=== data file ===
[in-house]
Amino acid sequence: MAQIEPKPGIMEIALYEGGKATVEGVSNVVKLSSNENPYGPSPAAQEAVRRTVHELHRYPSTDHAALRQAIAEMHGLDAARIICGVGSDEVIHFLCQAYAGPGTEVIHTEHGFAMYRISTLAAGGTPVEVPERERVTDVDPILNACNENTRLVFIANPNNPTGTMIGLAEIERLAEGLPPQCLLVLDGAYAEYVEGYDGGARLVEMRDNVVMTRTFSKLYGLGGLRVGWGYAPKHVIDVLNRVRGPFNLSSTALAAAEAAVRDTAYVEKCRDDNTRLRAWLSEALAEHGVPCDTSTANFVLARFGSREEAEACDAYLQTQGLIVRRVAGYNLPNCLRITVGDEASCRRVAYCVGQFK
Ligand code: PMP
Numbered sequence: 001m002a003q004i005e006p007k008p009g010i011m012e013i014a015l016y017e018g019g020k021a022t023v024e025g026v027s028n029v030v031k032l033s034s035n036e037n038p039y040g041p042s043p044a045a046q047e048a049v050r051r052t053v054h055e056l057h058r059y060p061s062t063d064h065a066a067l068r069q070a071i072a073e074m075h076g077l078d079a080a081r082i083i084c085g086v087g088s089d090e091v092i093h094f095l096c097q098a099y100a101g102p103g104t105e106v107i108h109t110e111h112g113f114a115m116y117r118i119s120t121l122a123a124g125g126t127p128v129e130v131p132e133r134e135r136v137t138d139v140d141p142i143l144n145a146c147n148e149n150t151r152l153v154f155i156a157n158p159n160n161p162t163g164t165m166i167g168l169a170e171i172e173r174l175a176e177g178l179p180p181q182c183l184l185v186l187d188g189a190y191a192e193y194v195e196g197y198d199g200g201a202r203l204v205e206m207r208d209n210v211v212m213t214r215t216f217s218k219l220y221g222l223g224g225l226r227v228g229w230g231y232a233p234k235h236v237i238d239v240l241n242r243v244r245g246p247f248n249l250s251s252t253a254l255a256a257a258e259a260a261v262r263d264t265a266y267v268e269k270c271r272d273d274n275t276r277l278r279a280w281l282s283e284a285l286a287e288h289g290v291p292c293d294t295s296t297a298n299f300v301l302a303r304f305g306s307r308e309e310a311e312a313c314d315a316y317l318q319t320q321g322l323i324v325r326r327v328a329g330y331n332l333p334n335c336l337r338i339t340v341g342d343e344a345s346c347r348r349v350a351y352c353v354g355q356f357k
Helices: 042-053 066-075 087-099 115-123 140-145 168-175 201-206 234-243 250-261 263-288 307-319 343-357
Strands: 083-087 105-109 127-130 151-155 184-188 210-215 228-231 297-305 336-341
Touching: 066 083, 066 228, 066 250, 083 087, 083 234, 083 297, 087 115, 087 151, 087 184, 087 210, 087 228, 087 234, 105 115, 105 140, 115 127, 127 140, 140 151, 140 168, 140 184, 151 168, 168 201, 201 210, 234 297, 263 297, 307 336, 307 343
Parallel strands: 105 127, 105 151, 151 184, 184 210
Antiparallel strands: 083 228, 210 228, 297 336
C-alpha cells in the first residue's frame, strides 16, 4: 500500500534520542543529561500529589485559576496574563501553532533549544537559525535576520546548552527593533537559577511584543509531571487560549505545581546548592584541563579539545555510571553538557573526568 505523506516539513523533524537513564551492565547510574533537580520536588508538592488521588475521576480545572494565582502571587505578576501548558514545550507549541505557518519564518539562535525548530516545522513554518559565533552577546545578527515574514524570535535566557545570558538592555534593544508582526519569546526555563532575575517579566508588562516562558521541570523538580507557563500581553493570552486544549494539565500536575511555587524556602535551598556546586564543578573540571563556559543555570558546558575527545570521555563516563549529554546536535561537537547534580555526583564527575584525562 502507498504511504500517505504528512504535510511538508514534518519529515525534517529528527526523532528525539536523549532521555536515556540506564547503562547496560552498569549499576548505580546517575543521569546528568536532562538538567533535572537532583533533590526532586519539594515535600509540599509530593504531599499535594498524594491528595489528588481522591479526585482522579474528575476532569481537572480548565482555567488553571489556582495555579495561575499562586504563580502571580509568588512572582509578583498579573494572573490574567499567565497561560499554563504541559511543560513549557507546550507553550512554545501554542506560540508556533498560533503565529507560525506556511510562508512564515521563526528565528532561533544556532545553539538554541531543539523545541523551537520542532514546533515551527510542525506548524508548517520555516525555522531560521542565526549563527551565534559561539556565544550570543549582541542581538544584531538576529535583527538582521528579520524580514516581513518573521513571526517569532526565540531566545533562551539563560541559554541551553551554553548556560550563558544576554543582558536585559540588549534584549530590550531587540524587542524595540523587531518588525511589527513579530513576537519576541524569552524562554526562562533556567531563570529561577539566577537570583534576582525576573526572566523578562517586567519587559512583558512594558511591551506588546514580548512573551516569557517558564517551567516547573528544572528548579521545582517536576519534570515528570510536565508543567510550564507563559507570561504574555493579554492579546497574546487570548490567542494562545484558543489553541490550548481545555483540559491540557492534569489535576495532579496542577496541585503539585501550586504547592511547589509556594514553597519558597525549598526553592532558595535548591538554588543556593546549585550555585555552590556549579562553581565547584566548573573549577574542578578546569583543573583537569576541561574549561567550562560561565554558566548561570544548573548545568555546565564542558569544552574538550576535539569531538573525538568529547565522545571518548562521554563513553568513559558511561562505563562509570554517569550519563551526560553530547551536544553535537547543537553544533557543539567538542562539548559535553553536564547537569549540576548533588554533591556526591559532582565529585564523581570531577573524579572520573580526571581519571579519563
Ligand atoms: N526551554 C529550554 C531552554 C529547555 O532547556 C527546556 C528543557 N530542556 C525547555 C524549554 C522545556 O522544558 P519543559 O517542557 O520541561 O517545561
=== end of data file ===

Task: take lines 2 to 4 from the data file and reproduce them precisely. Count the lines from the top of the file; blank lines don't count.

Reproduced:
Amino acid sequence: MAQIEPKPGIMEIALYEGGKATVEGVSNVVKLSSNENPYGPSPAAQEAVRRTVHELHRYPSTDHAALRQAIAEMHGLDAARIICGVGSDEVIHFLCQAYAGPGTEVIHTEHGFAMYRISTLAAGGTPVEVPERERVTDVDPILNACNENTRLVFIANPNNPTGTMIGLAEIERLAEGLPPQCLLVLDGAYAEYVEGYDGGARLVEMRDNVVMTRTFSKLYGLGGLRVGWGYAPKHVIDVLNRVRGPFNLSSTALAAAEAAVRDTAYVEKCRDDNTRLRAWLSEALAEHGVPCDTSTANFVLARFGSREEAEACDAYLQTQGLIVRRVAGYNLPNCLRITVGDEASCRRVAYCVGQFK
Ligand code: PMP
Numbered sequence: 001m002a003q004i005e006p007k008p009g010i011m012e013i014a015l016y017e018g019g020k021a022t023v024e025g026v027s028n029v030v031k032l033s034s035n036e037n038p039y040g041p042s043p044a045a046q047e048a049v050r051r052t053v054h055e056l057h058r059y060p061s062t063d064h065a066a067l068r069q070a071i072a073e074m075h076g077l078d079a080a081r082i083i084c085g086v087g088s089d090e091v092i093h094f095l096c097q098a099y100a101g102p103g104t105e106v107i108h109t110e111h112g113f114a115m116y117r118i119s120t121l122a123a124g125g126t127p128v129e130v131p132e133r134e135r136v137t138d139v140d141p142i143l144n145a146c147n148e149n150t151r152l153v154f155i156a157n158p159n160n161p162t163g164t165m166i167g168l169a170e171i172e173r174l175a176e177g178l179p180p181q182c183l184l185v186l187d188g189a190y191a192e193y194v195e196g197y198d199g200g201a202r203l204v205e206m207r208d209n210v211v212m213t214r215t216f217s218k219l220y221g222l223g224g225l226r227v228g229w230g231y232a233p234k235h236v237i238d239v240l241n242r243v244r245g246p247f248n249l250s251s252t253a254l255a256a257a258e259a260a261v262r263d264t265a266y267v268e269k270c271r272d273d274n275t276r277l278r279a280w281l282s283e284a285l286a287e288h289g290v291p292c293d294t295s296t297a298n299f300v301l302a303r304f305g306s307r308e309e310a311e312a313c314d315a316y317l318q319t320q321g322l323i324v325r326r327v328a329g330y331n332l333p334n335c336l337r338i339t340v341g342d343e344a345s346c347r348r349v350a351y352c353v354g355q356f357k